Above Image 14: View inside the building

energy. It is predicted that it will collect around 400000 tons of waste per year and generate heating for 160000 residential houses and electricity for 62500 residential houses. Besides, another iconic element of the design is the smoke ring that will generated by the smokestack, which 30cm in diameter, whenever a ton of CO2 been released. This smoke ring increase the awareness of energy consumption and ecological issues to the local community. This project, located in the industrial area, will become the examplary model in term of waste management and treatment facility and also the architectural icon in Copenhagen. These creative design and innovative strategies would actually generate positive competitiveness and stimulate more innovative sustainable design in the future.

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A.2.

T

DESIGN COMPUTATION

oday, the fast-paced technology and computerization is transforming our world not only in terms of industry practices in design and construction within architecture field but also science, healthcare, defence system, education, and entertainment. Transportation such as cars, ships and airplanes and various appliances are totally developed, designed, experimented, and manufactured using digital technologies. These advanced technologies provide us a much convenient and better living and gradually become one of the inseparable parts in our daily life.

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Digital Modelling Digital modelling has influenced the design methods and output by the use of 3D digital modelling and animation software that enable the designers to explore possibilities in architecture, which are not designed in the traditional ways. New forms and geometries were generated digitally based on the concepts such as contours, topological space and so on. These digital tools enable the designers to generate high complexity shapes and forms, that hardly been developed and represented in the past.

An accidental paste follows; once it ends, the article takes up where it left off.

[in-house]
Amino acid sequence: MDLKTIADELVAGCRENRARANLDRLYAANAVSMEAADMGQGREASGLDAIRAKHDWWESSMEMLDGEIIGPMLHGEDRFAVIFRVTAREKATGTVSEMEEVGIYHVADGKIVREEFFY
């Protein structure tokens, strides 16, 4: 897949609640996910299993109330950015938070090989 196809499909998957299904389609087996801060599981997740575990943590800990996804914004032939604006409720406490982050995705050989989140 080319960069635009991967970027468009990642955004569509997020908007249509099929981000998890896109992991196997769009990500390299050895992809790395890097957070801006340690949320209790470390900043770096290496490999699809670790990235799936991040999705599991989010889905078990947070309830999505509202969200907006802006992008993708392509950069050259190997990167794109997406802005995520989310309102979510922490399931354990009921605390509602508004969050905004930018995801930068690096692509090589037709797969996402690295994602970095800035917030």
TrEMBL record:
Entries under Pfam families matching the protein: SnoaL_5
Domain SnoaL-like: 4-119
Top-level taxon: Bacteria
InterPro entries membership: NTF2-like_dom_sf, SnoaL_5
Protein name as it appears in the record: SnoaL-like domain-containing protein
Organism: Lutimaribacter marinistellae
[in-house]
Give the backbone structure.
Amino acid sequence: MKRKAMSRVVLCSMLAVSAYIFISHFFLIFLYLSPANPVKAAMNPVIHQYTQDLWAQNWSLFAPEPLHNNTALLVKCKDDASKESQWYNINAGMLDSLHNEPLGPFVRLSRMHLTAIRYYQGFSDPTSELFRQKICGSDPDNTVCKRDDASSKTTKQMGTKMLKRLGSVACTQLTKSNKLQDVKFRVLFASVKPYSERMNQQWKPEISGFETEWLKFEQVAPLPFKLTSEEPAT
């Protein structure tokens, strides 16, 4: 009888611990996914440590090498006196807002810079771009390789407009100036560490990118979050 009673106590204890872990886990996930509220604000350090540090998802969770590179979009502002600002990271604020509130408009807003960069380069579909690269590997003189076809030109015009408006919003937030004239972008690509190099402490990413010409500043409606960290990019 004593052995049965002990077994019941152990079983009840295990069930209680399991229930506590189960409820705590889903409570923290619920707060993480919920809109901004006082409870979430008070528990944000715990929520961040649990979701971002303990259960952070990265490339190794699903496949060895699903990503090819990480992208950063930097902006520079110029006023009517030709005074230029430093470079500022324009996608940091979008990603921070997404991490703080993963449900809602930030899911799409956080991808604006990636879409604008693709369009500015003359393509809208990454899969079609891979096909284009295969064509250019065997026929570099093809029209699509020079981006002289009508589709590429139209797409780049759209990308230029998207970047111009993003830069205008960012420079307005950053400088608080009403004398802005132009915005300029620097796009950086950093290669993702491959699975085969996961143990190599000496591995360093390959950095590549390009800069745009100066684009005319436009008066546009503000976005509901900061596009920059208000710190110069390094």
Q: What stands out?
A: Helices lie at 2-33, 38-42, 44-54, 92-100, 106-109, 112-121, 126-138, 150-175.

Digital Production: Fabrication

Parametric Design

Advanced digital technologies also affected the production of the design. Today, the building design are not only been created and generated digitally, they are also been realized using digital tools by “file-to-factory” processes. The design was flatten and been (XXXX) into planar panels and the file is later been sent to the factory for fabrication. This process enabling the designer to produce and construct high complexity shapes which is extremely hard to been manufactured and assembled by conventional technologies. The prefabricated models are now widely used for designers to test and experiment the design outcome and the spatial qualities in real.

What is parametric design? Today, there is no particular definition on parametric design and it is generally related to terms generative, digital, computational and associative. Parametric design is an extremely valuable and useful tool for architects and designers to explore, design and generate creative and innovative design. It usually been generated digitally through certain algorithms resulting a high complexity outcome.

Material Exploration The new, complex form generation in architecture design and the development in material science have led the architects and professions from other related field to a new interest in exploring the properties of materials that able to produce the desired effects and aesthetic of the project. Materials have been deeply explored and this opened up the possibilities that changing the properties of the materials dynamically through internal or external incitement such as heat and light. Besides, the apparent properties of materials could be manipulated by reform the structure or the organisation of the materials. One example of this is shown later in the precedent works study.

In Animate Form (1999), Greg Lynn, the writer, studied and generate references for architecture that could be applied in parametric design. In this method, instead of the shape, the principles encoded into parametric equations of the particular design are declared during the design process. Variation of parameters would generate different outcomes that defining geometry. Manipulating and changing value of parameter would reprogram and reconfigured the form by being stretched, pulled, pushed and manipulated. This method rejects the idea of fixed and only solution by enables designers and architects to explore the infinite number of potentialities.